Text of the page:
Session1002
TitleTexts and Images: Aspects of Tolkien's Medievalism
Date/TimeWednesday 11 July 2007: 09.00-10.30
 
OrganiserCarl L. Phelpstead, School of English, Communication & Philosophy, Cardiff University
 
Moderator/ChairAlaric Hall, Institute for Medieval Studies / School of English, University of Leeds
 
Paper 1002-a Verse and Prose: The Lord of the Rings and Saga Poetics
(Language: English)
Carl L. Phelpstead, School of English, Communication & Philosophy, Cardiff University
Index Terms: Language and Literature - Scandinavian; Medievalism and Antiquarianism
Paper 1002-b Mappa Terrae-Mediae: Exploring Middle-Earth Cartography and Cosmography
(Language: English)
Dimitra Fimi, Centre for Fantasy & the Fantastic, School of Critical Studies, University of Glasgow
Index Terms: Art History - General; Medievalism and Antiquarianism
Paper 1002-c To Have a Chat with a Dragon: Tolkien as Translator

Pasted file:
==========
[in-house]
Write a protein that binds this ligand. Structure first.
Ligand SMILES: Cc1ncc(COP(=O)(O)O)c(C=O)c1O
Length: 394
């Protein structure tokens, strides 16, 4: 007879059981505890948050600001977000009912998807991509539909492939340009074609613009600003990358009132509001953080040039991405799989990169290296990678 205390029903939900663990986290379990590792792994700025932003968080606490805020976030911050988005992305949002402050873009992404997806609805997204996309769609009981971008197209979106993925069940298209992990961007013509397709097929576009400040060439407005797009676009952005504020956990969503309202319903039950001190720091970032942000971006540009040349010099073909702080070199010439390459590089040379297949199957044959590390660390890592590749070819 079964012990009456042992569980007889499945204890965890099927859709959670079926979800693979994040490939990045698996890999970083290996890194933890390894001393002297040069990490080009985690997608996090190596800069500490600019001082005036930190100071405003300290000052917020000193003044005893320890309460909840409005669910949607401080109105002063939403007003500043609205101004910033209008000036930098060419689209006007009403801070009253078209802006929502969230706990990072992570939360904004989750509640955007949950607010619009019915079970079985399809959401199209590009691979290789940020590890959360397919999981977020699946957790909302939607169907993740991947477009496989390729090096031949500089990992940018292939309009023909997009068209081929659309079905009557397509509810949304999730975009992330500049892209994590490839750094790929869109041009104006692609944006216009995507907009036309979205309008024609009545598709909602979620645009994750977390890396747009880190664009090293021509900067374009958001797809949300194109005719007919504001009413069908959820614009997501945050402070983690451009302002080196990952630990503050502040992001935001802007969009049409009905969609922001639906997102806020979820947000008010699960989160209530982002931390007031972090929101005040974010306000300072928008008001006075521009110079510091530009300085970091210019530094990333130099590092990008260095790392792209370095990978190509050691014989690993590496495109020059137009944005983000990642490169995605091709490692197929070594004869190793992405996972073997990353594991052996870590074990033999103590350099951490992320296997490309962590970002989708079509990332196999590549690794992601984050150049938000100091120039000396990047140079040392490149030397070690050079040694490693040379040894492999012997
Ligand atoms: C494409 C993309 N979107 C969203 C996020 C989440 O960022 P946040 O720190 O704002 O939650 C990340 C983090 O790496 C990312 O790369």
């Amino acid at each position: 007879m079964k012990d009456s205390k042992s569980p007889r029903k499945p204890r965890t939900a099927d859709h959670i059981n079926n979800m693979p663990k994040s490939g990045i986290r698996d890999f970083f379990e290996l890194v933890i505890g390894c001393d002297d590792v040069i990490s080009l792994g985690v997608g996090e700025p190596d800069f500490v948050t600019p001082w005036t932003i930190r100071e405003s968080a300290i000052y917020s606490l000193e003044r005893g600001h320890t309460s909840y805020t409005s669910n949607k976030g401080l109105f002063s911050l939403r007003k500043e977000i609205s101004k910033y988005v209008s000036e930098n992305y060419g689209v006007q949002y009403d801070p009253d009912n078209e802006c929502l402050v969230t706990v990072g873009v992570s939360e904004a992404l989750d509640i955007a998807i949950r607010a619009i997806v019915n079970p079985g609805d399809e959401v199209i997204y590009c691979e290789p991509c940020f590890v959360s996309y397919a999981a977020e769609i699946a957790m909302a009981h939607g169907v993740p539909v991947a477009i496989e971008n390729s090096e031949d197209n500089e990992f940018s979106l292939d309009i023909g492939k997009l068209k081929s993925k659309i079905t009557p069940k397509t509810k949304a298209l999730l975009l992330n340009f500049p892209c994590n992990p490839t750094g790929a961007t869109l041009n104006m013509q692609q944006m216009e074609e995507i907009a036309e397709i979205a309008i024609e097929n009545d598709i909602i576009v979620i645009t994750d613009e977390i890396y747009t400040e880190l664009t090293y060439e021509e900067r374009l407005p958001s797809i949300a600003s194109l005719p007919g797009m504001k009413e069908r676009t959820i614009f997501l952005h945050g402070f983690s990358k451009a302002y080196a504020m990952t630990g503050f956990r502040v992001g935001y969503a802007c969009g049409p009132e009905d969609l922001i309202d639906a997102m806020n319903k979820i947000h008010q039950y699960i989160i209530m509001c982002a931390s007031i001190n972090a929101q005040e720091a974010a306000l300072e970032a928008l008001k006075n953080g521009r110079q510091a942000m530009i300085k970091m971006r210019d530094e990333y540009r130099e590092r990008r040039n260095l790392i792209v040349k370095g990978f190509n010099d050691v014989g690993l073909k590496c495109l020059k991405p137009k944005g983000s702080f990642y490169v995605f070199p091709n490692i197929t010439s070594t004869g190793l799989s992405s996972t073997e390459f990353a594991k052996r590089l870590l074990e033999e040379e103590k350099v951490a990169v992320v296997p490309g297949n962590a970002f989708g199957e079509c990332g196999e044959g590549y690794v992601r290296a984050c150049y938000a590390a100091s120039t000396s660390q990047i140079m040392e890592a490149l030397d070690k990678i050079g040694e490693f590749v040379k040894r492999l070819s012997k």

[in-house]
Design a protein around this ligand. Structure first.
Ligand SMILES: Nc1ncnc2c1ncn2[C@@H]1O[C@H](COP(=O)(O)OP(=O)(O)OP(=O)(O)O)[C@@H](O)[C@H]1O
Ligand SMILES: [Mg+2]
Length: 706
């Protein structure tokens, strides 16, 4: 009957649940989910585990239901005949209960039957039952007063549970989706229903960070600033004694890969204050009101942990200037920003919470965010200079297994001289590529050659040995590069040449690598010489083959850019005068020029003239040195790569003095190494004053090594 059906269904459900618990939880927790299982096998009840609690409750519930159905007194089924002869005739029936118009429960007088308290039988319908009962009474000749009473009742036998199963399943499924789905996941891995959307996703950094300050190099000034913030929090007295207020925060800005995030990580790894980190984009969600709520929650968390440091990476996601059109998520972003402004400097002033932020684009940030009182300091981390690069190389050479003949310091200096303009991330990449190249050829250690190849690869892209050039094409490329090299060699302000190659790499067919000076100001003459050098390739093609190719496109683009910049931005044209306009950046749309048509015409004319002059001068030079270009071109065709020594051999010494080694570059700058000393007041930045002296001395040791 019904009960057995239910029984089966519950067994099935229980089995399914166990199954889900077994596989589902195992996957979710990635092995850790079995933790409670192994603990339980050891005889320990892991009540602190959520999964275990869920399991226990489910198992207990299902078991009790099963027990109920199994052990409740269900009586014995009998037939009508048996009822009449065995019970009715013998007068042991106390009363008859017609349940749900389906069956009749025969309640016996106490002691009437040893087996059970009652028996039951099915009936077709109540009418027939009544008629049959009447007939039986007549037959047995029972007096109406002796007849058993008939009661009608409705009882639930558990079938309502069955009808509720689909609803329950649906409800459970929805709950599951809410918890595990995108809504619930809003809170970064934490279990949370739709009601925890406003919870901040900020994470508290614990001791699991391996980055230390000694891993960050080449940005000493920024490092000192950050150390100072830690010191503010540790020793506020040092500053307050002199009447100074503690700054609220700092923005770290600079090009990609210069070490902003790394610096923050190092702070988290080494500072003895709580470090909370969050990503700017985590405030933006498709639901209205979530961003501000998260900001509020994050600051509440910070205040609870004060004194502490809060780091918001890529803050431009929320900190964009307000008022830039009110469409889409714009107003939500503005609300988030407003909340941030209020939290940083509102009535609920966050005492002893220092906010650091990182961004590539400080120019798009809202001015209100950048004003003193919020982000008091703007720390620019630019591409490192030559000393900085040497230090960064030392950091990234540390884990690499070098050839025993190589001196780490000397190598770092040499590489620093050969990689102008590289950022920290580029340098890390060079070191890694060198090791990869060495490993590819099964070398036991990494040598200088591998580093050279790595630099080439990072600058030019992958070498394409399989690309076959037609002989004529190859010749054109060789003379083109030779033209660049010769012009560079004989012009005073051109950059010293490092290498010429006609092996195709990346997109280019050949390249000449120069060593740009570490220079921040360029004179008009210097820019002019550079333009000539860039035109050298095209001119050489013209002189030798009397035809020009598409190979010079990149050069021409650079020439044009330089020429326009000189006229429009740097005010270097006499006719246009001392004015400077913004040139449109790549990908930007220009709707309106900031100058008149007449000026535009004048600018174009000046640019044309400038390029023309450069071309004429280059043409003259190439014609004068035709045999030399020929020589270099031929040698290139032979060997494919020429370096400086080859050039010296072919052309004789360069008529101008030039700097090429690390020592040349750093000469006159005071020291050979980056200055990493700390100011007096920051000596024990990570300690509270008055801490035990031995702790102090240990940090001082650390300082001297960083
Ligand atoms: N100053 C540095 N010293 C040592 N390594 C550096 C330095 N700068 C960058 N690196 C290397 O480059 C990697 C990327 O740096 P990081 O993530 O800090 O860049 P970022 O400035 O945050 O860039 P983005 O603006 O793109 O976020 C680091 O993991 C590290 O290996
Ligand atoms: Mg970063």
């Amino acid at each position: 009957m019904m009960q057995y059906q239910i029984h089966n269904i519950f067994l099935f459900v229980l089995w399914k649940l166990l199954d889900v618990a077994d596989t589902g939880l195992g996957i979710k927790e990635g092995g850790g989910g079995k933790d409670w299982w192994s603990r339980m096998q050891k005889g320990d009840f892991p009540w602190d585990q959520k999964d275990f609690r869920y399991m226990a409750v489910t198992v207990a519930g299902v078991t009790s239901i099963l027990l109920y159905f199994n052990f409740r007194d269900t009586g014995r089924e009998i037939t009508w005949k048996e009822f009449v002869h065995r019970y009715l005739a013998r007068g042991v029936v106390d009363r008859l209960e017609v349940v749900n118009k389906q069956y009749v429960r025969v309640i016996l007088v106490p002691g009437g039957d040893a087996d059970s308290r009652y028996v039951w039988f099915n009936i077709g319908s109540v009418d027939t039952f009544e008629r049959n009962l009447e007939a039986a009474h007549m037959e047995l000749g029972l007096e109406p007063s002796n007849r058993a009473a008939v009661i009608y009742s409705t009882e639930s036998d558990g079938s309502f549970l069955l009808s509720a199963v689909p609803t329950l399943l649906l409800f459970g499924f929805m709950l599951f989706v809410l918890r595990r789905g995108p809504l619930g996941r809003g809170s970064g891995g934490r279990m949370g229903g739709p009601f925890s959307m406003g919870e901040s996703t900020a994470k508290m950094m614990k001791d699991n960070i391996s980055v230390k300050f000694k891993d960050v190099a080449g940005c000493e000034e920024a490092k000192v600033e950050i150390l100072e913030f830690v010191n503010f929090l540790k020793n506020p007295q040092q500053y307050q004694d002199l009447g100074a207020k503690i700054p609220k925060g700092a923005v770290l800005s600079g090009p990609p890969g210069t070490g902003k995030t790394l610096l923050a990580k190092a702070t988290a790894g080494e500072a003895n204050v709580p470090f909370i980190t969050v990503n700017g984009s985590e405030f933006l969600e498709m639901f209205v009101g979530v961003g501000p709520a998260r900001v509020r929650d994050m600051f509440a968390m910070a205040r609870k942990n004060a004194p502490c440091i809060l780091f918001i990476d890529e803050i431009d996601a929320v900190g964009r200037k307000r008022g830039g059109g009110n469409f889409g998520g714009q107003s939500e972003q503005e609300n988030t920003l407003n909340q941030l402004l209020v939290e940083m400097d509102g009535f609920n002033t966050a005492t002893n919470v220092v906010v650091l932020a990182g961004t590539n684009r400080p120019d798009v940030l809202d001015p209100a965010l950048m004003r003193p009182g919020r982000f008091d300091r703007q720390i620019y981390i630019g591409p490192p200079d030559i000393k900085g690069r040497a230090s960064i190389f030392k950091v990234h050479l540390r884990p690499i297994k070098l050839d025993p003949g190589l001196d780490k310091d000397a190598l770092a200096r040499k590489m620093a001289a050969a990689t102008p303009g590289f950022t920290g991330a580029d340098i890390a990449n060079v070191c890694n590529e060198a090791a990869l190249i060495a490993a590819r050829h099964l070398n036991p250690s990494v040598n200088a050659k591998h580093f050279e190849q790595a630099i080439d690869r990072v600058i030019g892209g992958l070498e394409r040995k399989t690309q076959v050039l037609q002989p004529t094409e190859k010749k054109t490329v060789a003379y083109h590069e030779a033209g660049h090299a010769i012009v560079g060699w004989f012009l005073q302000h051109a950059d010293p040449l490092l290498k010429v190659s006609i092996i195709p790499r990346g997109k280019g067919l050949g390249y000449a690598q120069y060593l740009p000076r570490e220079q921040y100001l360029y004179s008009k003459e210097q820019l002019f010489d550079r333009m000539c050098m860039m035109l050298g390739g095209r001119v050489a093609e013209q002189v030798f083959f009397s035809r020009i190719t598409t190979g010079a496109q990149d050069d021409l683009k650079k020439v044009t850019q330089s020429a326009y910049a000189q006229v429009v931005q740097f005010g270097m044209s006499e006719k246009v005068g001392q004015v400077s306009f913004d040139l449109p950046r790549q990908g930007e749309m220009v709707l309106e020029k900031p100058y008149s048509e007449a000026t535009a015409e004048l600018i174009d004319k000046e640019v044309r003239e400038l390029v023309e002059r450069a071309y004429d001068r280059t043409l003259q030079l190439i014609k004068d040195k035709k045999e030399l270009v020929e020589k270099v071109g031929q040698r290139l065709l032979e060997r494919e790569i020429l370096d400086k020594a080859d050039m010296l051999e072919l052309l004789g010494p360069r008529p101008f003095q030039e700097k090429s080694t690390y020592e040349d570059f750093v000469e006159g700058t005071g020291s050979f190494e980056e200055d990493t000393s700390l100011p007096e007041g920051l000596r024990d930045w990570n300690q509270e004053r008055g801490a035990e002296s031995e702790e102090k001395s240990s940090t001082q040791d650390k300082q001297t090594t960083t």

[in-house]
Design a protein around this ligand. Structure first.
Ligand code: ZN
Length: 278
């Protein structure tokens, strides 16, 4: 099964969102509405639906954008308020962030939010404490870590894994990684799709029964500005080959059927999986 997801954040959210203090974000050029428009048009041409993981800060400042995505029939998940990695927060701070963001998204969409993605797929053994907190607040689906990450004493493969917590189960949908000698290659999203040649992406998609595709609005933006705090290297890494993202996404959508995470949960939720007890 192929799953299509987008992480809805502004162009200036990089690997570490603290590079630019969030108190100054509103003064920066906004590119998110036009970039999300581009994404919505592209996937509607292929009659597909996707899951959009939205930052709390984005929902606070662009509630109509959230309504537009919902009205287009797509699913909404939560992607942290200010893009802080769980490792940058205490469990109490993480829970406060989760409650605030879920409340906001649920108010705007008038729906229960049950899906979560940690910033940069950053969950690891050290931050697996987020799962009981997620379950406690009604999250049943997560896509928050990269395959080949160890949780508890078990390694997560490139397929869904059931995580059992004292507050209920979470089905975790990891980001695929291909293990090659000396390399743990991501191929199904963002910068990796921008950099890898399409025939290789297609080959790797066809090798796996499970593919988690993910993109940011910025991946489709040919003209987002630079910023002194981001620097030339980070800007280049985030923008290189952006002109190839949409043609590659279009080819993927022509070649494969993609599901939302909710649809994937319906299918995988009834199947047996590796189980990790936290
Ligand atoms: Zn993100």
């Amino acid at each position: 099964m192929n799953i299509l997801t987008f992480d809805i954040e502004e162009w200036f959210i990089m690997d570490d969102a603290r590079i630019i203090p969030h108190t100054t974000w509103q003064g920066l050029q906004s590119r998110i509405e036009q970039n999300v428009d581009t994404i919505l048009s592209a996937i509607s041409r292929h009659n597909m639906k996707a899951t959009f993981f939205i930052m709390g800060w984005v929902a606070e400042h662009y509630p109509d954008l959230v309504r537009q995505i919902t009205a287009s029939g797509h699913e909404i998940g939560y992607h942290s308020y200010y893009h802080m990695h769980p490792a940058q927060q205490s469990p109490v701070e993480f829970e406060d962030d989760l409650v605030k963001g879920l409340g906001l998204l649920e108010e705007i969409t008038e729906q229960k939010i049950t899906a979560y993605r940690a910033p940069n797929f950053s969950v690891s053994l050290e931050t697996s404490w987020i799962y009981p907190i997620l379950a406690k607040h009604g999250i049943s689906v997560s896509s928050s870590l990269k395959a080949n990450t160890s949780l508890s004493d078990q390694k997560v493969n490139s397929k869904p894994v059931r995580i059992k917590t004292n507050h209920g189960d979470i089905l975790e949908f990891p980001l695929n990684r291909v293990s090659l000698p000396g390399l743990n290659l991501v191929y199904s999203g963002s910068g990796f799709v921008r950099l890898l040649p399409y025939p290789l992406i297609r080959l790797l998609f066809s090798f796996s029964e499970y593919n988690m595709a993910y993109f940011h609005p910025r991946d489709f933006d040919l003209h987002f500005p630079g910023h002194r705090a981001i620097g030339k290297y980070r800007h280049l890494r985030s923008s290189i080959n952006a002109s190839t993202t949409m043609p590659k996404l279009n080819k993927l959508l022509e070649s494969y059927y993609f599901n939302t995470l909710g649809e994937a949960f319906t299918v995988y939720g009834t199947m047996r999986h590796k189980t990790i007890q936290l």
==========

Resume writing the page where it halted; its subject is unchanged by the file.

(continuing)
(Language: English)
Ármann Jakobsson, School of Humanities, University of Iceland, Reykjavík
Index Terms: Language and Literature - Scandinavian; Medievalism and Antiquarianism
 
AbstractThis session examines the transformations undergone by medieval texts and images in the creative writing of J. R. R. Tolkien. Ármann Jakobsson compares conversations with dragons in the Old Norse mythological poem Fáfnismál and Tolkien's The Hobbit, drawing on Freudian and more recent theory to analyse how Tolkien interprets his medieval source. Dimitra Fimi considers how medieval maps and medieval conceptions of the world influenced Tolkien's own maps, especially his first map in The Book of Lost Tales, where the world is depicted symbolically as a Viking ship. Carl Phelpstead analyses The Lord of the Rings as a prosimetrical text, comparing Tolkien's use of verse with the functions of verses in the Old Icelandic sagas.